NEW YORK—A nation’s cultural cleansing is a destruction of its history, a “rape of its culture,” stated Tasoula Hadjitofi, to an overflow crowd at the Zohrab Information Center of the Armenian Diocese, in New York.
The Greek Cypriot refugee, who was born in Famagusta, Cyprus, now under more than four decades of military occupation by Turkish forces, related her spine-tingling story of orchestrating one of the most riveting European art trafficking stings since World War II, She has meticulously detailed her engrossing 40-year detective work in her newly released book, The Icon Hunter.
The art sleuth was introduced on Feb. 2, by Zohrab Center Executive Director, the Very Rev. Fr. Daniel Findikyan, who called her book “a memoir of entry into the international art trafficking of icon antiquities from the monuments and monasteries of Cyprus, belonging especially to the Orthodox Christians.” These precious relics, many of which were disfigured and partially destroyed, have now been restored and returned to Cyprus, including a priceless 14th century Armenian manuscript gospel.
The author, who has spent the last 40 years in this detective work, used a power point presentation demonstration to illustrate what she called the “most beautiful island in the Mediterranean—Cyprus.” She emotionally related how she at the age of 14, and her family were forced to flee in 1974 when Turkey invaded and occupied 40 percent of the island, including her “beloved” home city of Famagusta.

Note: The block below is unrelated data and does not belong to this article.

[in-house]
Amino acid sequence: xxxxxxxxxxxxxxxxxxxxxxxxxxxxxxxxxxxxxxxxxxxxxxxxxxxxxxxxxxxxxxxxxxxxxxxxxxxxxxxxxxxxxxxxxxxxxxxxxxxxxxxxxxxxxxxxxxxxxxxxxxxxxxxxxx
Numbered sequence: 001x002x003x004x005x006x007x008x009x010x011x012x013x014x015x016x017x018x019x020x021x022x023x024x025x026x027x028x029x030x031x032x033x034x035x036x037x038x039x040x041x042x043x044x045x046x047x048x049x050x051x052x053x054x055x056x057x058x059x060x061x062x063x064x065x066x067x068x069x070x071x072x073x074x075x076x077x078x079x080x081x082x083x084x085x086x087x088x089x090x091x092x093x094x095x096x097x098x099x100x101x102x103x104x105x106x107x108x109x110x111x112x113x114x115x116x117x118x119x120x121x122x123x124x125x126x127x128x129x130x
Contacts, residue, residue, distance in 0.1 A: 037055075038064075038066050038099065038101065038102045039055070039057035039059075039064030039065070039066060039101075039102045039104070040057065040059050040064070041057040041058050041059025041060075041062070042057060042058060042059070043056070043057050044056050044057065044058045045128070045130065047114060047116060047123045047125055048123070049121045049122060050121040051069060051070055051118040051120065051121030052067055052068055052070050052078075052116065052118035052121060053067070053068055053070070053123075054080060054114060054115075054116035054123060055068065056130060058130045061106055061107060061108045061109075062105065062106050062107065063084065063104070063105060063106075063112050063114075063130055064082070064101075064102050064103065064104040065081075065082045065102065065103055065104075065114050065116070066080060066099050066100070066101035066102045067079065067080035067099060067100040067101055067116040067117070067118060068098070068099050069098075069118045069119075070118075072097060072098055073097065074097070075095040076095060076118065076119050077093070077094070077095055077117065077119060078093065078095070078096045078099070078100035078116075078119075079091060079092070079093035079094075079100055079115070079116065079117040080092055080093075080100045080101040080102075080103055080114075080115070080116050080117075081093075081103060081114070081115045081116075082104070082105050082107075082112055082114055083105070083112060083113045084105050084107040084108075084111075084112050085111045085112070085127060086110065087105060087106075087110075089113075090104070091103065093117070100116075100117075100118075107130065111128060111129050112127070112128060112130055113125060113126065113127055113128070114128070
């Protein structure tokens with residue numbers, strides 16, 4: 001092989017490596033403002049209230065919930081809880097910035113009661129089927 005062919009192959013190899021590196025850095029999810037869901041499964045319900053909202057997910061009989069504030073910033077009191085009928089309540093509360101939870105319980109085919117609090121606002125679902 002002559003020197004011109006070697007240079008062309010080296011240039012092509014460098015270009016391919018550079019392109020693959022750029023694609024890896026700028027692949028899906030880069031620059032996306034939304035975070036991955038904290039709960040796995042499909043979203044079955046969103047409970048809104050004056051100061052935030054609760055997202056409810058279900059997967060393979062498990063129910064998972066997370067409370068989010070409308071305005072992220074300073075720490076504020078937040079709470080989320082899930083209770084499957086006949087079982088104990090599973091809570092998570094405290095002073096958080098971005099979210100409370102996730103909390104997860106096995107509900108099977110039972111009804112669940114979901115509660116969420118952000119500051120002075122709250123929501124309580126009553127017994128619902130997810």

“I woke up to the sound of planes roaring, and bombs exploding,” she related. “Many of my classmates were raped and killed. During the invasion, my mother was kneeling and praying for three days. I saw war through the eyes of a child. Where was the United Nations? Where were the British and the Greeks who had once occupied the island? Where were the American cowboys?”
She went to England, working to pay for her studies, and eventually became a successful entrepreneur, and started a family. Her life’s work of becoming the “art Sherlock” was just beginning. During the Turkish occupation of Cyprus, hundreds of churches were desecrated and destroyed, and thousands of religious icons were stolen, sold or destroyed. Greek place names were changed.
Greed, Power, Money Dominate
“In every war, there is the pillaging of history of a country or region. Greed, power and money dominate. It has been so from the earliest times of mankind and it continues today,” she said. “There is no greater loss than one’s culture,” she stated with emphasis. “Every penny that I have earned is to be used to chase, find and retrieve the icons around the world.”
During her intensive work, she worked closely with Archbishop Chrysostomos I of the Orthodox Church of Cyprus, as well as Dutch art dealers, Canadian sellers, and German detectives and police, at times forced to play “cat and mouse”. She was targeted by art traffickers. Fearing for herself and her family’s life, she finally had to pay for private security.